Six years between photos and she still looks exactly the same when she prays over the boxes!

The Stolen Truck

“The truck was stolen!”  The words over the phone were hurried and irritated, breathless from Chris walking to the back of the store.  His co-worker had asked him where he went for lunch since his truck was moved, and after quick back-and-forth banter, Chris realized she wasn’t joking about his truck not being where it was normally parked.  Our truck had been stolen from the front of his store in the middle of the day as Chris worked his shift.

Someone had come around 1 pm and, with people walking around the shopping complex, opened the locked door and hot wired the vehicle.  No cover of night or disguises.  In plain view, they had hit us where it hurt.

Satan can often attack the same way.  While many of his assaults are subtle, others can happen in broad daylight.  We don’t expect for him to attempt to trip us up with something so obvious, when often times, the obvious is where we DO get tripped up.  In this midst of working on your marriage, a “friend” contacts you and propositions you.  You’re starting out on your usual rush hour commute, but having a bad day—every person who cuts you off gets the middle finger.  A group of you are having a discussion about religion and before you realize it, you’re yelling at the person who claims Jesus was a fraud.

These may seem silly but every one of those can are very real scenarios.  We’d like to think that as Jesus followers, we wouldn’t be tempted to act sinful.  But it happens every day.  Does it mean we’re beyond redemption?  No.  Does it mean Satan knows where to hit us?  Absolutely.

We need to have our minds consistently on Christ to help protect us from not only the sneak attacks but also the obvious ones.  While it doesn’t exclude us from sinning, a fervent walk with God can protect us from such offenses.

Daily prayer keeps you in conversation with Jesus.  Daily Bible reading or meditation on scripture keeps communication flowing between you and Him.  The Holy Spirit wants nothing more than to help you put on the Armor of God to keep you safe from the fiery arrows of the devil.  Let Him help you suit up as you take action in dialogue with your Heavenly Father.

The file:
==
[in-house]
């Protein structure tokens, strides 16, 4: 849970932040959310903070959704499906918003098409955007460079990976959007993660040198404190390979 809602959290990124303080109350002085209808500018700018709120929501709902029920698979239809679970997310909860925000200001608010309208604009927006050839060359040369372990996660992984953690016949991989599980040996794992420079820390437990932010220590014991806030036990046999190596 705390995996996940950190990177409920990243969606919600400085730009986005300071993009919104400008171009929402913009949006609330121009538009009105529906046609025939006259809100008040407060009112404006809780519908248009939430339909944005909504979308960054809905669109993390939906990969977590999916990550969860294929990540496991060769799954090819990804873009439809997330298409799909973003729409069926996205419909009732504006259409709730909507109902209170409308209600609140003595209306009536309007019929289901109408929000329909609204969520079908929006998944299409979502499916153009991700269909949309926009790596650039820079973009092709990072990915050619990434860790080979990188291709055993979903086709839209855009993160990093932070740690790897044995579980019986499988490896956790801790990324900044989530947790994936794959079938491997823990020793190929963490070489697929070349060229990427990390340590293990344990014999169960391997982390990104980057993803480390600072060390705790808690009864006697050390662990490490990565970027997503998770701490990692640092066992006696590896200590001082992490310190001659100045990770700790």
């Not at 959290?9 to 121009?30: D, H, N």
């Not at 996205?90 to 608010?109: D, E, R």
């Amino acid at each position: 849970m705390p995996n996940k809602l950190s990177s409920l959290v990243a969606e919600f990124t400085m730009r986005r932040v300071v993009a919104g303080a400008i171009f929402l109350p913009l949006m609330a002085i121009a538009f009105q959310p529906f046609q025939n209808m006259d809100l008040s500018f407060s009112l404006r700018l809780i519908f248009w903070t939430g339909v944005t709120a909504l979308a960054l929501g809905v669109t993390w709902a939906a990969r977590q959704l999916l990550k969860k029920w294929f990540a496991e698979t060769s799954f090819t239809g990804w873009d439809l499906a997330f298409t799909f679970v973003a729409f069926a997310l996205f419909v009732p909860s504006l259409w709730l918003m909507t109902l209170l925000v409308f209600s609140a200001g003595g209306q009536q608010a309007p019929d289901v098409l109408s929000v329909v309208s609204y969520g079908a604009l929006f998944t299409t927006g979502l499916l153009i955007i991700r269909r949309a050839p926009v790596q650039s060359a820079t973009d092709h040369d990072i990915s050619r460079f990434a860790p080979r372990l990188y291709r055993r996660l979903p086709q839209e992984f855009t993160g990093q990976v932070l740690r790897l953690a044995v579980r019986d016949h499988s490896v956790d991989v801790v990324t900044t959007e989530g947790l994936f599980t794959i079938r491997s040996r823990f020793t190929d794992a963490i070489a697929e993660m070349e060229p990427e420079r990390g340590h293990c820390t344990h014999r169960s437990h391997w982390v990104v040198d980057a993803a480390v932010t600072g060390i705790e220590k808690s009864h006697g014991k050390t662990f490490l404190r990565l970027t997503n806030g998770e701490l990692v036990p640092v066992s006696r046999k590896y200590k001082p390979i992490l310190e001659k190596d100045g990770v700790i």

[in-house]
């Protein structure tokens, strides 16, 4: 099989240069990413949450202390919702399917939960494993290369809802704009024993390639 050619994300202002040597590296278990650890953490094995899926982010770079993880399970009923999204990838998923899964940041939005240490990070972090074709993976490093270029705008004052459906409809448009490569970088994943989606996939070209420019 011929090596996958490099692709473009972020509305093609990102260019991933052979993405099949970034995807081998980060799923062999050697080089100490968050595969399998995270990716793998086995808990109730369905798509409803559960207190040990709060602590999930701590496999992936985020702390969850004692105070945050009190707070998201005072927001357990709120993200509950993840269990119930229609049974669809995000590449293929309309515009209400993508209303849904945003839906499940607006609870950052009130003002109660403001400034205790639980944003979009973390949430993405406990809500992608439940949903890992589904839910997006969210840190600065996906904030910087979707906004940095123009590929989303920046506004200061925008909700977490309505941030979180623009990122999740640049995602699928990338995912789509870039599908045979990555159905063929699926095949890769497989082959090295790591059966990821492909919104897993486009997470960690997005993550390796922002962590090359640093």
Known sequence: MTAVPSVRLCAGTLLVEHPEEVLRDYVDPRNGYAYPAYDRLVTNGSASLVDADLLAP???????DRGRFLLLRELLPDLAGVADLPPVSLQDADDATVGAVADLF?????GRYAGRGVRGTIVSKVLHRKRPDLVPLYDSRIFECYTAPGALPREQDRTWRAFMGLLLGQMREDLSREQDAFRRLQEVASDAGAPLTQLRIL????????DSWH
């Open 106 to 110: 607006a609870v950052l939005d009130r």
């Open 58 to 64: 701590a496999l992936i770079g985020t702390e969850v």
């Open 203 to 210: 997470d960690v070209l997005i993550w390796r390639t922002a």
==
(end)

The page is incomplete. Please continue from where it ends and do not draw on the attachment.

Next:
Attacks from Satan are painful whether they are surreptitious or straightforward.  Remember Colossians 3:2-3 as you work towards keeping even the blatant attacks at bay.

“Set your minds on things above, not on earthly things.  For you died, and your life is now hidden with Christ in God.”

Are you currently under attack by Satan?  Let us know how we can pray for you in the comments below.


Set your mind on things

Obedience in Reconciliation

People often ask me how I ended up in sunny California.  More often than not, it’s because I’ve complained about the state, and they’re not really sure why I live here voluntarily!  Don’t get me wrong.  There are worse places to live, and I have to give it to this beautiful state; the weather is an 8 out of 10.  I do NOT miss the blizzards and -7° of Wyoming.  I moved here, however, for a far better reason than the weather.

Nine years ago, I signed my second set of divorce papers from Chris, my second husband.  My daughter, McKenna, was going through the motions of another divorce at the age of 10, and Peyton, my youngest at 5, was experiencing for the first time not living with her dad every day.  It was a difficult period in which neither of us were willing to give in to the work that a marriage required.  And with the baggage from my first divorce still not unpacked, I simply chose to add another suitcase to the pile and walk away.